Psychological abuse is another form in which a partner uses emotional abuse or financial access restrictions as isolation tactics.

Two factors stand out when substance use is involved:

  • Either substances like alcohol or drugs are being offered in an attempt to gain control of the intimate partner
  • Or the substance use of either party is the abuser’s excuse to condone the intimate partner violence

Substance Use ‘Excuses’ Intimate Partner Violence

Domestic violence survivors share many similarities and some differences, but substance use was found to co-occur during 40-60% of IPV events. Physical violence was 11 times more likely in both parties, according to the American Society of Addiction Medication. 

Substance use can cause a person to lash out in anger— physically or emotionally — and impact their decision-making skills, often resulting in making poor decisions. 

If a partner witnesses those poor decisions and is under the influence as well, it is like fire on a windy day, with their anger growing out of control and displayed with rage. If the partner is not under the influence of a substance, they may act righteously afterward and make the victim feel they deserved the punishment for drinking or using drugs and making poor choices.

The regret afterward is often at the heart of the abuse cycle of the abuser asking for forgiveness, perhaps with an extravagant gift, the first time. The behavior continues and becomes a learned pattern for both the abuser and abused.

Substance Use Coercion Used To Gain Power and Control

Substance use coercion is a premeditated process, according to the National Center on Domestic Violence, Trauma & Mental Health. It released a series on the topic for advocates and mental health and substance use treatment providers in 2020.

National Center For Domestic Violence Pullquote

Statistics for IPV

Treating DV and IPV has moved from being considered a private matter and encouraging a “cooling off” period in the 1970s to now being considered serious, life-threatening, and charged as a criminal offense.

According to the National Coalition Against Domestic Violence (NCADM)

  • One in three women has been a victim of some type of physical violence (shoving, pushing, etc.).
  • One in seven women suffered an injury due to IPV.
  • One in 10 women has been raped by their partner.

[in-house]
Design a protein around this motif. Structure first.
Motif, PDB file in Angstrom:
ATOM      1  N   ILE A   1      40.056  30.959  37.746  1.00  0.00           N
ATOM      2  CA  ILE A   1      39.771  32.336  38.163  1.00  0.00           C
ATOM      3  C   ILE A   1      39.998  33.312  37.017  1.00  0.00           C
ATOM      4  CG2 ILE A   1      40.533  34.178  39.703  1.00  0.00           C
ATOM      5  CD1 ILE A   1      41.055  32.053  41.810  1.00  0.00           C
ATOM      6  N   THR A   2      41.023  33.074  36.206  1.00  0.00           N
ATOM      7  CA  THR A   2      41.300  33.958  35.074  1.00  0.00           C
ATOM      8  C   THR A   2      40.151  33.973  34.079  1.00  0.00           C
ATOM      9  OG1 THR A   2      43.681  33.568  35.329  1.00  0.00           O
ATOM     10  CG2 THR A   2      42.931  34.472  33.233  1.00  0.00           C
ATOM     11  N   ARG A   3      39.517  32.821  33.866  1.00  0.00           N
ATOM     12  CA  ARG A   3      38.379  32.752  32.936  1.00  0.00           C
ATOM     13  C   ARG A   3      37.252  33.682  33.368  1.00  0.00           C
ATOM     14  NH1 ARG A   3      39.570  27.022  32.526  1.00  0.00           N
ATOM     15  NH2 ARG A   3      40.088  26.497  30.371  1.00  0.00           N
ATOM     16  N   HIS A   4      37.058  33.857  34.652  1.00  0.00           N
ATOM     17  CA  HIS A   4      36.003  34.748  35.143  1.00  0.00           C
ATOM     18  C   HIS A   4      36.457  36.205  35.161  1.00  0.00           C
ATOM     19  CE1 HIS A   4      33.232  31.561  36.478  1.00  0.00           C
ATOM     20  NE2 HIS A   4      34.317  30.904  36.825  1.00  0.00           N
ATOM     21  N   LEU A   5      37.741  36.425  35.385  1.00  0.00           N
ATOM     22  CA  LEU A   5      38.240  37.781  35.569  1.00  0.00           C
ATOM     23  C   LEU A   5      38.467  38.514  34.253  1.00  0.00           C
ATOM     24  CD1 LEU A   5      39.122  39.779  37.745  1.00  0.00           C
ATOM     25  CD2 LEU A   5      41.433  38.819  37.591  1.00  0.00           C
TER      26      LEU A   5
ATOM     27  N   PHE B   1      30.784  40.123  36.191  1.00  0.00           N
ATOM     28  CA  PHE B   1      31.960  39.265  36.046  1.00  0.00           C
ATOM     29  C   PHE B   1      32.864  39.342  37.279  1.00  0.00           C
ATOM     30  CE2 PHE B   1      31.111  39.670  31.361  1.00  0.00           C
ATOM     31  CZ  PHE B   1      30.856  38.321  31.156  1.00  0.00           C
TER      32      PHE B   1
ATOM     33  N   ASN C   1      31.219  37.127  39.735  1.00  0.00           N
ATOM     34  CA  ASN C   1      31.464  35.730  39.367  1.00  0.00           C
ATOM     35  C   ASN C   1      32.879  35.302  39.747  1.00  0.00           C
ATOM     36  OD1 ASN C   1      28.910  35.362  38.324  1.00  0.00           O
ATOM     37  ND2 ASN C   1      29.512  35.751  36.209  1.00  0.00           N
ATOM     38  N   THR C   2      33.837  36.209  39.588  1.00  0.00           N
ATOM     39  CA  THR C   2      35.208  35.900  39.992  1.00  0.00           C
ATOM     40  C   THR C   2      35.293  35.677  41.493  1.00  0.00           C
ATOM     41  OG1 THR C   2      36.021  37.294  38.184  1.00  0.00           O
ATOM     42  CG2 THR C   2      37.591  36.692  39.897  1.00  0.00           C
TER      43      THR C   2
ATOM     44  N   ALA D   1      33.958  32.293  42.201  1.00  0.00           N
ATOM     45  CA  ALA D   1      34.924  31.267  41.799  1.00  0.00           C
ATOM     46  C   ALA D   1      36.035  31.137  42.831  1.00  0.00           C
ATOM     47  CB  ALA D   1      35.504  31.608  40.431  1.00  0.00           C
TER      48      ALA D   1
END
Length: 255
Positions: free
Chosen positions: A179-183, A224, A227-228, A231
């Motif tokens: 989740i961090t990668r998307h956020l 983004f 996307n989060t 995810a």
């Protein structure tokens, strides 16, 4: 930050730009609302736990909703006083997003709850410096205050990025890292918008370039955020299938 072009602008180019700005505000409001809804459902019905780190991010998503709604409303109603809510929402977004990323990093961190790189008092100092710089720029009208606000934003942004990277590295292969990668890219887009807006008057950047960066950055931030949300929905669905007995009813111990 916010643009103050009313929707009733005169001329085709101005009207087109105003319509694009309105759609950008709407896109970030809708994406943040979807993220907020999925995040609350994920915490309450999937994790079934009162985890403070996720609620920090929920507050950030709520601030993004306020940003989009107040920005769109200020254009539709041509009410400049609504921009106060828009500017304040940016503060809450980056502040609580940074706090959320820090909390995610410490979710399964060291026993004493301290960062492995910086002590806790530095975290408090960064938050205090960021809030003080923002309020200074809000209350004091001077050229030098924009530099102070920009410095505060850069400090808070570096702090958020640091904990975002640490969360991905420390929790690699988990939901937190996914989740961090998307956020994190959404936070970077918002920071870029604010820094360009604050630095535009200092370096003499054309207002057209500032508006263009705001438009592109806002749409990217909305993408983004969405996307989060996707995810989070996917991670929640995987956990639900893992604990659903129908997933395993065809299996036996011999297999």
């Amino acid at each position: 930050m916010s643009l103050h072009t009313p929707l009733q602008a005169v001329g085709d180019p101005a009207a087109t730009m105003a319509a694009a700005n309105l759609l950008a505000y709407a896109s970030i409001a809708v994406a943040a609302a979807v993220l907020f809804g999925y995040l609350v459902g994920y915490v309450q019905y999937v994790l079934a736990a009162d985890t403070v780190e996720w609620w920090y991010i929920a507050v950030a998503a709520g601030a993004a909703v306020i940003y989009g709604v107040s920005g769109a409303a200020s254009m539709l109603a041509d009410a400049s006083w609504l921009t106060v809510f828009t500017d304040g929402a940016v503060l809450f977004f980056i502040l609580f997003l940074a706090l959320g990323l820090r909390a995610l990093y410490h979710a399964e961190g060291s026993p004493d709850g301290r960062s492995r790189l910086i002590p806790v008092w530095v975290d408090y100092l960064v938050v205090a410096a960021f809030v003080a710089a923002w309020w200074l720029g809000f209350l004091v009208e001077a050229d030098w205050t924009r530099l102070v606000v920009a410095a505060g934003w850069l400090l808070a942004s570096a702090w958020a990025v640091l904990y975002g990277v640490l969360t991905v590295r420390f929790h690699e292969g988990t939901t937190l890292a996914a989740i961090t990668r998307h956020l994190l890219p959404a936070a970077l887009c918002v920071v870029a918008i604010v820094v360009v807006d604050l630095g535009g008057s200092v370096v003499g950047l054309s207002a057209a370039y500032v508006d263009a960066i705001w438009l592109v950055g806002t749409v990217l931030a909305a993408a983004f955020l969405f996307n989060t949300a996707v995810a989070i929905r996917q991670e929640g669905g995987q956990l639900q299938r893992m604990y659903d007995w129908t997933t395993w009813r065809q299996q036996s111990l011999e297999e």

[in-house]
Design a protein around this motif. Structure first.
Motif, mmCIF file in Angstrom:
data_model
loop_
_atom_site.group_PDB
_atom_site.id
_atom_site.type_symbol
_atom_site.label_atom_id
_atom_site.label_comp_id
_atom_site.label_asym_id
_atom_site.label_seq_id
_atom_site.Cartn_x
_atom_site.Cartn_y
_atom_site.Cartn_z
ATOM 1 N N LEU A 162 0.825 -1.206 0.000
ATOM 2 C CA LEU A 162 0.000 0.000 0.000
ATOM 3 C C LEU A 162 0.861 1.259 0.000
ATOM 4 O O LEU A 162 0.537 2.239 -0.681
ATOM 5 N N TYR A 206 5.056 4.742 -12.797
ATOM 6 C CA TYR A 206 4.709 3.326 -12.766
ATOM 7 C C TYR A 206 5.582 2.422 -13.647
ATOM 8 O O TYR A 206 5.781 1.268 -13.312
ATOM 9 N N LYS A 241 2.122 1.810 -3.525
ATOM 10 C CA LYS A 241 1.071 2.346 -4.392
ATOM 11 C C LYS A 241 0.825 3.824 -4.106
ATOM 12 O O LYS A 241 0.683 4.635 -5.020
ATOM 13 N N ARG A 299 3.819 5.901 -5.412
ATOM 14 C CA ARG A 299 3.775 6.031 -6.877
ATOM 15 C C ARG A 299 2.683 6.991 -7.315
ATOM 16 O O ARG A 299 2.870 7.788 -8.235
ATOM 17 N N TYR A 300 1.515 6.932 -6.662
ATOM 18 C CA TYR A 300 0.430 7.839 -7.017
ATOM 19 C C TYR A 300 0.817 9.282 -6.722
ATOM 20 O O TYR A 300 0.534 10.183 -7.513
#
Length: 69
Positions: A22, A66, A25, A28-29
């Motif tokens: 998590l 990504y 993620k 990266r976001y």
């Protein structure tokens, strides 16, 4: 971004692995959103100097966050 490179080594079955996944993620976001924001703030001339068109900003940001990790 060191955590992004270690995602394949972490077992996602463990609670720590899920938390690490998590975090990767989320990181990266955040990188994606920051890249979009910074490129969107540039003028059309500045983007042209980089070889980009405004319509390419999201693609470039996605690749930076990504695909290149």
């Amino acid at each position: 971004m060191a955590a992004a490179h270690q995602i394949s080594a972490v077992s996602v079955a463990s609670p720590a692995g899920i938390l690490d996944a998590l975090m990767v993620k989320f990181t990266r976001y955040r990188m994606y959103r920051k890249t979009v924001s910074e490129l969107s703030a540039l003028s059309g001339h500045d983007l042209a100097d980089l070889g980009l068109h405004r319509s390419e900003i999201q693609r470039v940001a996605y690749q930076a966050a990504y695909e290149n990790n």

• One in four women has been severely physically abused (strangulation, burning, beating).
  • One in seven women has been stalked by a partner to the point they feared for their life.
  • IPV accounts for 15% of violent crime.
  • One in four victims of IPV identifies as lesbian, gay, bisexual, transgender, or queer (LGBTQ/National Coalition of Anti-Violence Programs).
  • Nationally, about 33% of women experience sexual abuse in their lifetime, and 25% experience physical violence. Nearly half of all men and women experience psychological aggression.
  • According to statewide statistics in Illinois
  • The ICADV estimates one in three women and one in seven men experience domestic violence every year in Illinois
  • The National Intimate Partner and Sexual Violence Survey reports 41.5% of adult Illinois women report being physically abused.
  • According to statistics from the city of Chicago
  • Locally, there were 5,046 cases of lesbian, gay, and transgender (LGBT) related domestic violence in a national nine-region area including Chicago
The specific geographic locations where IPV is mainly occurring are unknown, but it would make sense to have higher percentages in more densely populated areas. A rural community might experience it less frequently, but it can be very dangerous in isolated surroundings. The Bureau of Justice Statistics only began classifying locations according to rural, suburban, and urban areas in 2020 for its National Crime Victimization Survey.


Struggles To Find Domestic Violence and Substance Use Disorder Help

Women at Above and Beyond Family Recovery Center seeking treatment for substance use have been referred to outside agencies if they need immediate assistance with domestic violence. 

As she mentioned earlier, Melissa Hernandez has seen several cases where such help has been needed. In her role as Director of Outreach, she vets outside agencies to which Above and Beyond refers. A full list of domestic violence shelter referral partners is available at the end of this article.

Supporting Women in Breaking Through Barriers for Help

Many people with substance use disorders struggle when seeking help with treatment. When considering men and women though, women often have additional challenges and worries.

Children

Children are a big part of the picture and if the woman is pregnant, she may worry about her living children or an unborn child. If treatment were possible, lack of childcare is often at the forefront. Fear of losing custody is right alongside.

Fear of public stigma due to maternal shame can be paralyzing to someone who knows they need treatment but don’t feel their situation makes it possible. Lacking family support to lean on temporarily for home care, childcare, and possible loss of work income — all of these factors pile on their load of worries.

Domestic Abuser

 A large part of domestic abuse is rooted in control. Seeking a partner’s approval to get treatment may be difficult under these circumstances as the abusing partner may worry: